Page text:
Let us take a quick a tour of some of the newest, most architecturally interesting museums opening around the world.
Beirut Museum of Art, Image: Raymond Adams
The new Beirut Museum of Art (BeMA) is a work in progress for Amale Andraos and her firm WORKac. The new 12,000sq m museum will feature 70 balconies arranged as a vertical promenade intended to blend indoor and outdoor spaces to create an “open museum” for the city.
Featuring 2,700sq m of dedicated exhibition space and a six-storey promenade that wraps around the façade of the building, WORKac’s innovative design alludes to the building’s geographical heritage by utilising the ubiquitous Mediterranean balcony to transform its walls into hybrid indoor-outdoor spaces, where art spills out of the main building and engages with diverse audiences through a gradient of public spaces.
By creating a vertical promenade that winds around the cube-like building to the rooftop terrace and café, the design offers BeMA a new type of flexible exhibition and programming space. There are also mutable galleries, community rooms and urban gardens suitable for new commissions, artists’ projections and installations. The innovative structural approach and blurred lined between interior and exterior also dissolves the traditionally closed, white cube gallery model and invites the public to engage directly with the work, creating new and varied possibilities for encounters and dialogue with the art as well as amongst its visitors.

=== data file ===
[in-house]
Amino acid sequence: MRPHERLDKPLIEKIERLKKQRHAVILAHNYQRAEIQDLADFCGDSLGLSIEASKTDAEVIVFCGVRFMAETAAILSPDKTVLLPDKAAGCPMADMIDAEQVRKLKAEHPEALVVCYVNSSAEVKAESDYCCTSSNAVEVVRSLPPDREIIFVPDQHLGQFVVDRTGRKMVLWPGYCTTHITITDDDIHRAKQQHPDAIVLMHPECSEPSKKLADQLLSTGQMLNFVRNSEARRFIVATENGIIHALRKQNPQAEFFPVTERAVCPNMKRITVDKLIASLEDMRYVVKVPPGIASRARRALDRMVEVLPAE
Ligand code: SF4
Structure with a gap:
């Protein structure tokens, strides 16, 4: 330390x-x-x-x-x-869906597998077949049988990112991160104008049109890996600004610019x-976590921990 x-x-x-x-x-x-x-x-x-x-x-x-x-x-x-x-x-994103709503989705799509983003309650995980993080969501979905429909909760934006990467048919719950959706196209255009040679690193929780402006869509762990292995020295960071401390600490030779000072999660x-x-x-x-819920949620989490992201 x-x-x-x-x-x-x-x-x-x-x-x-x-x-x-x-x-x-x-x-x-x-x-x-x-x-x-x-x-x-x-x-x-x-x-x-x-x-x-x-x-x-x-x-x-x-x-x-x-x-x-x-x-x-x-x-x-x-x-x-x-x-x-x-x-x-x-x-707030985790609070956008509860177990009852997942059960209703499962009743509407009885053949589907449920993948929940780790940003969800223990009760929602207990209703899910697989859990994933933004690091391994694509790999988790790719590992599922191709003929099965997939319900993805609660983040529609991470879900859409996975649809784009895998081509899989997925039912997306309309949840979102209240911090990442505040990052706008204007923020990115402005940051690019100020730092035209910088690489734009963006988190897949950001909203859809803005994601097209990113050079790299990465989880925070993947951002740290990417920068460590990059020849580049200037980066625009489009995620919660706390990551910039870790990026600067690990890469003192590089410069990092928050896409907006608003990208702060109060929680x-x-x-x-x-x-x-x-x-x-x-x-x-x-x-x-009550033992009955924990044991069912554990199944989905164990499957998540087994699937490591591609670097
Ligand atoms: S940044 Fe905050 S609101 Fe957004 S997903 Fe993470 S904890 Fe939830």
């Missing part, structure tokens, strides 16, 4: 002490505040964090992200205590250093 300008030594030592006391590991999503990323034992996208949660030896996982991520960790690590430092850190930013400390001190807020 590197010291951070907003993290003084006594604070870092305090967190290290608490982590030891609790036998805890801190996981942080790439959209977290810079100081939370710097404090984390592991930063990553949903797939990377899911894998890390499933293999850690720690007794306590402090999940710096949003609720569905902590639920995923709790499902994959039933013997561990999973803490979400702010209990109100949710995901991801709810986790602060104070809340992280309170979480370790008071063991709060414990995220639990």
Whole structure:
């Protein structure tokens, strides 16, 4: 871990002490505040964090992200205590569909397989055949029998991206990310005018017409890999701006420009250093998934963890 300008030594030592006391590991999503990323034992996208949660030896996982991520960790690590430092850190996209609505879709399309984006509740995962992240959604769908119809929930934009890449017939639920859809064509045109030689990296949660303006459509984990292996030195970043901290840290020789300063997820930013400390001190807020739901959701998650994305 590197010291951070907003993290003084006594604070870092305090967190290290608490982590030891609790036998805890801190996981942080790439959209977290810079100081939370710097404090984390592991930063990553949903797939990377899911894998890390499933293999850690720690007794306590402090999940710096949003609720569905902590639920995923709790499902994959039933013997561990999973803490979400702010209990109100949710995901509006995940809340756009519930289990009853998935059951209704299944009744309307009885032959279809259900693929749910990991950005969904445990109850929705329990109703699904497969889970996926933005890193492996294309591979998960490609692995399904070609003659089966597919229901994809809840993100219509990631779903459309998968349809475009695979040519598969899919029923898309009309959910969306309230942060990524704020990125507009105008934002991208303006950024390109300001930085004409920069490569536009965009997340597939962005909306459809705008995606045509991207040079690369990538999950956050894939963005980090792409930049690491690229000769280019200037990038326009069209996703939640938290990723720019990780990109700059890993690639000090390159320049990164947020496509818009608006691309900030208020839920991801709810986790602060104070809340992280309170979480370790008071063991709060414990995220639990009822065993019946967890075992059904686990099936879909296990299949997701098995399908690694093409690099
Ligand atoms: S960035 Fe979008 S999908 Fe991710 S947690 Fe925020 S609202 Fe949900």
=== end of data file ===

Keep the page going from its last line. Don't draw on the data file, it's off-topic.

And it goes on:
Norton Museum expansion, Image: Foster and Partners
The Norton Museum of Art was founded in 1941 by Ralph Hubbard Norton (1875-1953) and his wife Elizabeth Calhoun Norton (1881-1947). Norton was an industrialist who headed the Acme Steel Company in Chicago. He and his wife began collecting to decorate their home, but then he became interested in art for its own sake and formed a sizable collection of paintings and sculpture.
In 2013, seeing the need for more exhibition and education space, with Florida’s population dramatically increasing, Norton Trustees decided to embark on a bold, visionary Museum expansion. The Board enlisted the renowned London-based architectural firm of Foster + Partners to design a new building. Scheduled to re-open on Feb. 9, 2019, the expansion includes 12,000sq ft of new gallery space, a doubling of classroom space, a larger student exhibition space, a state-of-the art, 210-seat auditorium, a new store and restaurant, and finally a Great Hall that will serve as the museum’s “living room.” Outside will see a large lawn for relaxing, or for outdoor programming, a sculpture garden, six renovated, 1920s-era cottages to house an artist-in-residence program, and the museum director’s home.
For more than 100 years Hurtigruten, Norway’s cruise, ferry and cargo operator has been an integral part of life in northern Norway, tying cities and communities together, carrying goods and people over the nation’s number one highway – the ocean. And now the Hurtigruten Museum is set to open in Stokmarknes, the city where Hurtigruten founder Richard With lived and worked. Its centre-piece will be a new, 3,600m2 protective structure – consisting mainly of glass and steel, set to be wrapped around ship the MS Finnmark. Construction will begin in April 2019, with an opening planned for April 2020.